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The New Love Language

In today’s digital landscape, emojis have become the new vernacular of emotions for tweens. Emojis, once mere punctuation marks or friendly forms of recognition, have evolved into an extensive lexicon of emotions and meanings. These tiny symbols convey a multitude of feelings, from affection to aggression, but the innocent smileys might hide a darker side. Understanding these nuanced expressions is crucial for parents in guiding tweens toward safer and healthier relationships. 

More than mere pictures or icons, emojis are the new love language among tweens, carrying multiple meanings that could inadvertently put them at risk. What seems like harmless produce, the peach ? and eggplant ? emojis, have more anatomically colorful meanings in pop culture. These innocent-looking emojis might lead to misinterpretation or worse – more sinister conversations.

Even more seemingly harmless emojis, like the heart or fire ? symbol, are often used as playful references of endearment, but the flirtatious undertones, when used repetitively, can inadvertently lead to situations where tweens might be exposed to inappropriate or uncomfortable conversations. Moreover, emojis like the video camera ? or droplets ? can signal riskier online sexual behaviors.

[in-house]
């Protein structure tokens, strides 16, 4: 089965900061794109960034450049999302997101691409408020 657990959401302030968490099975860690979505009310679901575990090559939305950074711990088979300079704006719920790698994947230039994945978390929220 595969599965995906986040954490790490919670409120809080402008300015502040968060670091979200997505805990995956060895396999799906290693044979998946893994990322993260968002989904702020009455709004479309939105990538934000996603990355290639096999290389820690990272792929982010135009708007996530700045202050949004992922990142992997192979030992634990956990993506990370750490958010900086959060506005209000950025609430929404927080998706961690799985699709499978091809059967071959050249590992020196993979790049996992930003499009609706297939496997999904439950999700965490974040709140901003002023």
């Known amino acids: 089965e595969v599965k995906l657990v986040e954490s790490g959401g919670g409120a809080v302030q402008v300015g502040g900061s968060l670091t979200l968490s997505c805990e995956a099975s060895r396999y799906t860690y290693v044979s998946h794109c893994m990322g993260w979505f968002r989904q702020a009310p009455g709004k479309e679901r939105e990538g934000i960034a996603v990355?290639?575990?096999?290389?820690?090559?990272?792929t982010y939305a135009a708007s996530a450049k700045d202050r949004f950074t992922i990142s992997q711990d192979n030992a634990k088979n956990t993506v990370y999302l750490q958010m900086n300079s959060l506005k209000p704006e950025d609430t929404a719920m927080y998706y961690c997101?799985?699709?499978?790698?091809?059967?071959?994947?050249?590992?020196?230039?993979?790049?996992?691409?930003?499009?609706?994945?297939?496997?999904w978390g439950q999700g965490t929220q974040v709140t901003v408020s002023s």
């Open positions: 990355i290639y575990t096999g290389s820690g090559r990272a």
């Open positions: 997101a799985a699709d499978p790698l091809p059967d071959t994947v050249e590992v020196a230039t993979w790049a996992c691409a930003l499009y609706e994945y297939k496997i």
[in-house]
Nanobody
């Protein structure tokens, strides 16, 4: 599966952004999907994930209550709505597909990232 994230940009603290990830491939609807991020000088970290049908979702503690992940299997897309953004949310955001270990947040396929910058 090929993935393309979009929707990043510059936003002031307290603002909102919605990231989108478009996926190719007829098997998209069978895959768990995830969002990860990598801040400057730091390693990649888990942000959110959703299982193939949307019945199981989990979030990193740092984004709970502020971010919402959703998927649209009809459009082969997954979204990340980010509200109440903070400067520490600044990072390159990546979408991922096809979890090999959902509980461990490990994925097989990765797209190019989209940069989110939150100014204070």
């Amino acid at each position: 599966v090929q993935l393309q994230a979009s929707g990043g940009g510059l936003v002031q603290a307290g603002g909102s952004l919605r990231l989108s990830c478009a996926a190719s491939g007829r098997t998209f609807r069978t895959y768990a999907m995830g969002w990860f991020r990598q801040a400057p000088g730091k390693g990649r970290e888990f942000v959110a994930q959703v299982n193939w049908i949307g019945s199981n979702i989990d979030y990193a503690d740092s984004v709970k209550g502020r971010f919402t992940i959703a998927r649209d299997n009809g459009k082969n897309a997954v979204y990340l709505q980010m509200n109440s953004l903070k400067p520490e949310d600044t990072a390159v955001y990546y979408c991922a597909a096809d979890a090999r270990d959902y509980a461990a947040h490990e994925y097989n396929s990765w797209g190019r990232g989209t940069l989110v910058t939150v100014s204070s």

Dr. Gary Chapman’s traditional five love languages: words of affirmation, acts of service, receiving gifts, quality time, and physical touch can provide a framework for communicating affection in relationships. In our new digital era, emojis have introduced a new layer to expressing emotions, especially among tweens. As parents, it’s our responsibility to guide our tweens in understanding the potential risks associated with this new love language. It is crucial to initiate open dialogues about online communication, set clear boundaries, and encourage them to express themselves respectfully. Ensure you identify consequences and follow through on them if your tween does not respect your established boundaries. 

By engaging in healthy, open conversation and providing guidance, parents can empower their tweens to navigate their new love language respectfully and safely by setting clear rules and expectations of their child’s online behavior, emphasizing respect, consent, and healthy interactions. 


Janet Smith is a proud mom of one daughter and a marketing professional who is grateful for her rural roots in the London area. Follow Janet’s funny and honest journey at IG & TT | @re.marketable.janet or FB | @janetsiddallsmith


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